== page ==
Forget green recovery, most countries are on course to spend billions of dollars on COVID-19 recovery packages that are likely to increase greenhouse gas emissions, according to new research. The US, for example, is set to spend $3 trillion as part of its recovery package of which only $39 billion will be spent on green projects, the study titled the Greenness of Stimulus Index, by Vivid Economics as part of the Finance for Biodiversity initiative, stated. The country is also rolling back regulations that protect the environment. The EU, which has allocated 37% of its 750 billion euros package to green initiatives, is the only region that is planning a green recovery, according to the analysis.
SC remarks that no govt has the right to mine coal in eco-sensitive zones
The Supreme Court yesterday observed that neither the Centre nor state governments had the right to open up areas falling under eco-sensitive zones for coal mining. The remark was made by a bench headed by Chief Justice S A Bobde while hearing the Jharkhand state government’s plea against the Centre’s decision to auction coal blocks for commercial mining.
Expect ₹35,000 crore for enhanced discom funding: PFC
After the Indian government recently allowed enhanced funding to discoms in a bid to clear outstanding debts, the Power Finance Corporation (PFC) said it expects additional funds ranging between ₹30,000 crore and ₹35,000 crore to meet the obligation.
The Centre, meanwhile, has finalised the Standard Bidding Document (SBD) for discom privatisation. All stakeholders are expected to send in their comments by October 5 on the SBD, which is to serve as a guiding document for states interested in offering discoms to private companies.
India to spend ₹3.6 lakh crore to provide tap water to every household
The Indian government announced a ₹3.6 lakh crore plan to expand the country’s water supply. The government hopes to supply tap water connections to 15 crore households in 4-5 years, UP Singh, Secretary, Ministry of Jal Shakti said. This is part of a larger initiative called Jal Jeevan mission, through which the government is aiming to supply safe and adequate drinking water to all the citizens.
India poorly prepared to deal with climate change: Study
A new study served as a grim reminder of India’s unpreparedness to tackle climate change. India wanted 89th among 181 countries on the 2020 World Risk Index (WRI), which found the country to be ‘poorly prepared’ to deal with climate change. It is the fourth-most at-risk country in South Asia, just behind Bangladesh, Afghanistan and Pakistan. Sri Lanka, Maldives and Bhutan were better prepared to deal with climate disasters than India, according to the index. Another report published by the Climate policy Initiative and Shakti Foundation found that India’s climate financing levels stood at a pitiable 10% of the required US$170 billion each year.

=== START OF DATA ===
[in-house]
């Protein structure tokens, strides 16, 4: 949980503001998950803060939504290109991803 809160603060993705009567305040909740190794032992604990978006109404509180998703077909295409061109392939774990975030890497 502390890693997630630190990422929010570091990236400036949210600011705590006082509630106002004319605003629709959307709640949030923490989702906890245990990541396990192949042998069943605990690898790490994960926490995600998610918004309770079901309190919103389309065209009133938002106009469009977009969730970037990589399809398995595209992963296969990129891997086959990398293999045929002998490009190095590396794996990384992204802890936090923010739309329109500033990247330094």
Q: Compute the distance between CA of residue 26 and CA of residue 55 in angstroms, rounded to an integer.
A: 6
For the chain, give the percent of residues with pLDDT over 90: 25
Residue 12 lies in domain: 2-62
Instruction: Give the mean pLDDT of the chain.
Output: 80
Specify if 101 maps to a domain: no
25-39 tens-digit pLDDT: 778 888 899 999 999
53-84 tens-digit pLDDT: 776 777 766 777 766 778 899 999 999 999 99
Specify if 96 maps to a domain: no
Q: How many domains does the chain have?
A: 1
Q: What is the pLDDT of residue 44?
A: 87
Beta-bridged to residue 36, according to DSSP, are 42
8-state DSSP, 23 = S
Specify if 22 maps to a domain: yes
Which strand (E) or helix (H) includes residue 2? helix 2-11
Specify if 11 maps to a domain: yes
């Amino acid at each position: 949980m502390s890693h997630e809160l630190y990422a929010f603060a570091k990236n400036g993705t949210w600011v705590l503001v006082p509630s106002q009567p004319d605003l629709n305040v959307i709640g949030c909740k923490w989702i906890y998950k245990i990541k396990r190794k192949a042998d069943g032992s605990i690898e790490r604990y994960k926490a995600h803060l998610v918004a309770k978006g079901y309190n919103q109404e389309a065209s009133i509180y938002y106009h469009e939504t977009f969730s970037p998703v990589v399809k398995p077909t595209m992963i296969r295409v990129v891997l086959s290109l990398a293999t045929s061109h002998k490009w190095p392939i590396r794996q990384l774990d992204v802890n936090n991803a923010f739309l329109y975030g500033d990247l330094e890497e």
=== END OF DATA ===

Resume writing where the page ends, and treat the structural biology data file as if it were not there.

EU right in proposing carbon tariffs on imports: IMF chief
The EU’s proposal to impose carbon levies on imports received a major fillip from the International Monetary Fund (IMF) this past fortnight. IMF president Kristalina Georgieva endorsed the plan and asked major emitters to cooperate. Georgieva agreed to the EU’s stand that a carbon border tax would provide EU companies a chance to compete on a level playing field with major polluters US and China.
South Africa plans net zero emissions by 2050, but with coal power still in play
The South African cabinet has approved plans to reach net zero emissions by 2050. But there is a catch. The plan it has drawn up gives coal a continuous role. It envisions a ‘just transition’ from coal to renewable energy, but forecasts 5,000 MW of coal power capacity in 2050.
The country currently gets 90% of its energy from coal. The government is aiming to reduce this to 45% by 2030 by shutting down old power plants. But experts said that with new power plants currently under construction in Kusile and Medupi, reality was not consistent with the government’s targeting to achieve net zero emissions. Australian Prime Minister Scott Morrison, on the other hand, refused to commit to net zero emissions by 2050.
France puts plans to levy environmental tax on airlines on hold
France put plans to levy an environmental tax on the aviation sector on ice for now. Despite tremendous pressure to work towards a green recovery, the government believes that levying taxes on a sector that is already floundering because of COVID-19 losses would push it in deeper. The new taxes proposal was one among 150 that had been put forth by the Citizens’ Climate Council.
New petrol and diesel cars could be banned within a decade
The UK is planning to ban the sale of new diesel and petrol engine cars by 2030. Free parking and a VAT cut on electric cars are being considered. A report commissioned by the Department for Transport said that a series of “upfront incentives” were needed to drive up the sales of new electric vehicles.
The study said additional financial support to buy a battery-powered car was “one of the most effective and popular levers” the government could adopt. It suggested that cutting the VAT rate for electric cars and, in turn, penalising those who buy petrol or diesel models was popular with potential buyers. It said that other incentives, including free use of public car parking spaces, could have a “positive impact”.